Supermarket giant Tesco is set to trial drones for shopping deliveries from October, using technology designed to deliver orders in as little as thirty minutes.
Under the plans revealed by Tesco bosses, customers living near the trial store in Ireland will be able to order a ‘top up’ basket of a few items for air-drop drone delivery to their home. If the pilot scheme proves successful there is potential to roll the technology out to other stores in the future.
Tesco has partnered with drone delivery start up service Manna for the pilot scheme which is due to begin next month in County Galway. Manna are also the delivery partner of Just Eats for their takeaway drone delivery drops.
The group’s innovation director, Claire Lorains, commented: “We’re really interested to see how drones could be part of the solution to deliver to our customers on-demand small baskets.” She also noted that the small basket market in the UK was forecast to exceed £10 billion ($13 billion) over the coming years.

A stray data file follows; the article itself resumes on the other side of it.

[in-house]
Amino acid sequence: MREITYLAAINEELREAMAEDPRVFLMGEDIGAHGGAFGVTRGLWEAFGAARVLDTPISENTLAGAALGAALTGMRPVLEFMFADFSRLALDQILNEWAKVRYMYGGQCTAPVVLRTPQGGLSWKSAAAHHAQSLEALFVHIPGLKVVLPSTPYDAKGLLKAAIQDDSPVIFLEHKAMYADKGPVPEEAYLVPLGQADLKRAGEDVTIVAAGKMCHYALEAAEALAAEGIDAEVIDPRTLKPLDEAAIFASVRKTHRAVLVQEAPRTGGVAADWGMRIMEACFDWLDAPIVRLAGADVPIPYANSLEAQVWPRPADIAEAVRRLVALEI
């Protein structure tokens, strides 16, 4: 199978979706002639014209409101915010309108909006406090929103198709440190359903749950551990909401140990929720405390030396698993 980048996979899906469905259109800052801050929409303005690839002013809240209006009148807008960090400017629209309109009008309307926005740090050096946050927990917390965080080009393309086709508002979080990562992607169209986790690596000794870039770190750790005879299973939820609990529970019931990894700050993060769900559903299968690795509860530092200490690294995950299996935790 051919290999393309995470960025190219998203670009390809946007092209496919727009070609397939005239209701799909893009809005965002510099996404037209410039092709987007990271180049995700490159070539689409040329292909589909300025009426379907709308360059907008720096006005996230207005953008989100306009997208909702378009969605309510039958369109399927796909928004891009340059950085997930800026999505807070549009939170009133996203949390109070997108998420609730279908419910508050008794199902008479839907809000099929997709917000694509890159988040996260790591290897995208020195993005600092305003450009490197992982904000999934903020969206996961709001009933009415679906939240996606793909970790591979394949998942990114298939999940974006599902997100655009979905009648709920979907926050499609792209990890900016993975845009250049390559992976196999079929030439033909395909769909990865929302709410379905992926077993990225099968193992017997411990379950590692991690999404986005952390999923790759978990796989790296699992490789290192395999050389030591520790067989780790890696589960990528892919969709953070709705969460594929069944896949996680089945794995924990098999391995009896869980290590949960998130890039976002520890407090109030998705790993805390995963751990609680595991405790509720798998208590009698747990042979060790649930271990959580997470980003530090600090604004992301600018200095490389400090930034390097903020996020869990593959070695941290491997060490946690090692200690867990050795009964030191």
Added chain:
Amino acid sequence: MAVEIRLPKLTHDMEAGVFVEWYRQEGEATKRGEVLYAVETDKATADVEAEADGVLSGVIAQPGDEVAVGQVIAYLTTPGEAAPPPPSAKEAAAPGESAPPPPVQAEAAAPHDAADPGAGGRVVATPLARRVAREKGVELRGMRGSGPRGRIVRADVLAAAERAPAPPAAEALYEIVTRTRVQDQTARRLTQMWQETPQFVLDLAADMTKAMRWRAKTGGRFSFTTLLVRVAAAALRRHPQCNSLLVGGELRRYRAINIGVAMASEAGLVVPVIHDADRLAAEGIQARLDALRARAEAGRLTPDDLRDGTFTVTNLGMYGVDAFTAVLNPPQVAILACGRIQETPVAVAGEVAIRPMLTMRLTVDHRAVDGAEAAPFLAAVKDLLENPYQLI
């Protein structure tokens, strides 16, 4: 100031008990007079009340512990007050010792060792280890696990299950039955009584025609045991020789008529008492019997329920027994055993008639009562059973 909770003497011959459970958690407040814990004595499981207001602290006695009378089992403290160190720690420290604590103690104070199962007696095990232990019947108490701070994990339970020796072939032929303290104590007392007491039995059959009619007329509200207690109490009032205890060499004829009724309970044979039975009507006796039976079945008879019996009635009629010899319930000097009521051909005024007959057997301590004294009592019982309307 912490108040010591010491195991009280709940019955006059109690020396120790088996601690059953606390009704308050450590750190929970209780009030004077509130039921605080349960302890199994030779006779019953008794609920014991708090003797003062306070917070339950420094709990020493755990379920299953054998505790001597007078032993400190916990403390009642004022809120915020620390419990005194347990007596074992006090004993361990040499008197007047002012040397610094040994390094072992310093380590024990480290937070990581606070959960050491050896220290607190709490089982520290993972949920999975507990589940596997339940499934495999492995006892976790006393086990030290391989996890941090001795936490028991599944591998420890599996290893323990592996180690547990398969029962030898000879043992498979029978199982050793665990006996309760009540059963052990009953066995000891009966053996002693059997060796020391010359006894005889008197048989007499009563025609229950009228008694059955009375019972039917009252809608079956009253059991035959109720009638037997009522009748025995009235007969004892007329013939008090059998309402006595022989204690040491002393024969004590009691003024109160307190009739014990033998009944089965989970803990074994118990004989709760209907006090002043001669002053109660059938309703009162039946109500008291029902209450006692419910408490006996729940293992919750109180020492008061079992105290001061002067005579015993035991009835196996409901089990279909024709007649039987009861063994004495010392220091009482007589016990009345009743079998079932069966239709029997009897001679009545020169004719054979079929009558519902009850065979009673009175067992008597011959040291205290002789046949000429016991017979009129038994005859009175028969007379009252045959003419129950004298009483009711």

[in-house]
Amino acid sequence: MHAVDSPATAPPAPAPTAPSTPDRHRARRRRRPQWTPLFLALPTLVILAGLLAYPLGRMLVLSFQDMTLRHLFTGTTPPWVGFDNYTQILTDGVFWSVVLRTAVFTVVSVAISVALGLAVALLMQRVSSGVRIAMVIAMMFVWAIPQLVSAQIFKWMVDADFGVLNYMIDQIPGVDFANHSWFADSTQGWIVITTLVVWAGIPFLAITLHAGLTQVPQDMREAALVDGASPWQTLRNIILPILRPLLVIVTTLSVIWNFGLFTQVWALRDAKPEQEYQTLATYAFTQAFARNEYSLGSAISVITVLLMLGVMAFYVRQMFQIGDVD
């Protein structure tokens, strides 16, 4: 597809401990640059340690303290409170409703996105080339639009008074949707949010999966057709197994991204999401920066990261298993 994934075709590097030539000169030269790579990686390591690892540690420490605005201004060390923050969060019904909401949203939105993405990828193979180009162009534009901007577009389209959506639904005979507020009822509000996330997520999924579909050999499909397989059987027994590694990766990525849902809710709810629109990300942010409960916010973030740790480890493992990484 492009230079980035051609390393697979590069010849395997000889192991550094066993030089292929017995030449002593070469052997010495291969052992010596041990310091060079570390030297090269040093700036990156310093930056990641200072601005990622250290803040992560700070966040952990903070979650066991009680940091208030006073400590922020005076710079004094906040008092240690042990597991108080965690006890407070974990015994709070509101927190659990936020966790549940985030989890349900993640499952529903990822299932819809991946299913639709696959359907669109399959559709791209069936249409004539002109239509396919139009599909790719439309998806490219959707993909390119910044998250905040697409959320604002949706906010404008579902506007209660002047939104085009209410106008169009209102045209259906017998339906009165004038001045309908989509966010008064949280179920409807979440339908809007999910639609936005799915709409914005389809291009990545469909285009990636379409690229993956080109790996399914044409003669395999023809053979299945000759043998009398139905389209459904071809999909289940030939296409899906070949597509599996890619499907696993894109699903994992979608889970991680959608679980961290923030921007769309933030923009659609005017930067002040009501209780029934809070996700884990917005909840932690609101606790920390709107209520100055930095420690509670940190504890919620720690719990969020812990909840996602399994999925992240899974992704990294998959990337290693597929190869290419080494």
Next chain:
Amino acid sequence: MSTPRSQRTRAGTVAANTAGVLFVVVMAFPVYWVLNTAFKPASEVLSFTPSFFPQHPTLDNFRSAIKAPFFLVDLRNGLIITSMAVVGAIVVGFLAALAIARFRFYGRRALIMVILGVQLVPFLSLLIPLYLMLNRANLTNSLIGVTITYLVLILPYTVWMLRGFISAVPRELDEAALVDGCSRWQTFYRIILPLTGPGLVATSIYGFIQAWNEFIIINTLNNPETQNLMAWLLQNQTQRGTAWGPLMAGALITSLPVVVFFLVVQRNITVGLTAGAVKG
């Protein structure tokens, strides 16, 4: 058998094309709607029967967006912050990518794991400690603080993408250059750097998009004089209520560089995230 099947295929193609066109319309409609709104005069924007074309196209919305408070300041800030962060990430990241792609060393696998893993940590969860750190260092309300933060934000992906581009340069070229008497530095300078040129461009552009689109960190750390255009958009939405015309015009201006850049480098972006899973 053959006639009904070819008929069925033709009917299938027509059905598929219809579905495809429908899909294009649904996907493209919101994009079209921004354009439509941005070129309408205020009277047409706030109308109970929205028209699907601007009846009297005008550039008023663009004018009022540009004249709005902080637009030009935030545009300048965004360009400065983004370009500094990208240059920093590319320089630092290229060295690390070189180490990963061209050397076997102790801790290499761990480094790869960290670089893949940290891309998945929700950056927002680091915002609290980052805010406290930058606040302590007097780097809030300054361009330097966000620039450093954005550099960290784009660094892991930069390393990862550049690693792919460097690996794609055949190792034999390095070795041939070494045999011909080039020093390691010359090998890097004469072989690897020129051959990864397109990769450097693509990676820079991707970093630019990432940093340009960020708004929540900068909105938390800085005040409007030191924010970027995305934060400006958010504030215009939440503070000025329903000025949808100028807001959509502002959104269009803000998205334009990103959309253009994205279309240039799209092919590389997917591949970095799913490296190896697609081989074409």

“If our trial with Manna is successful, we really think there is an opportunity to reach many customers through our stores extending with a drones service,” she said.
Dave Lewis, the chief executive of Tesco, said: “They (Manna) have already proven the capability, the question is how do we take that capability and apply it to Tesco and that’s the detail that’s been worked on now before we get to the trial.”
The move comes as supermarkets and food retailers around the world seek to expand their delivery services in the wake of the COVID-19 pandemic. Tesco started testing drones a few years ago, but online retailer Amazon claimed its first Prime Air drone delivery in 2016 when it delivered a TV streaming stick and box of popcorn to a customer in Cambridge.
Also, this week US-based Walmart, the world’s biggest retailer and owner of Asda in the UK, announced that it would run a pilot project for drone deliveries of groceries and household products, with end-to-end delivery firm Flytrex.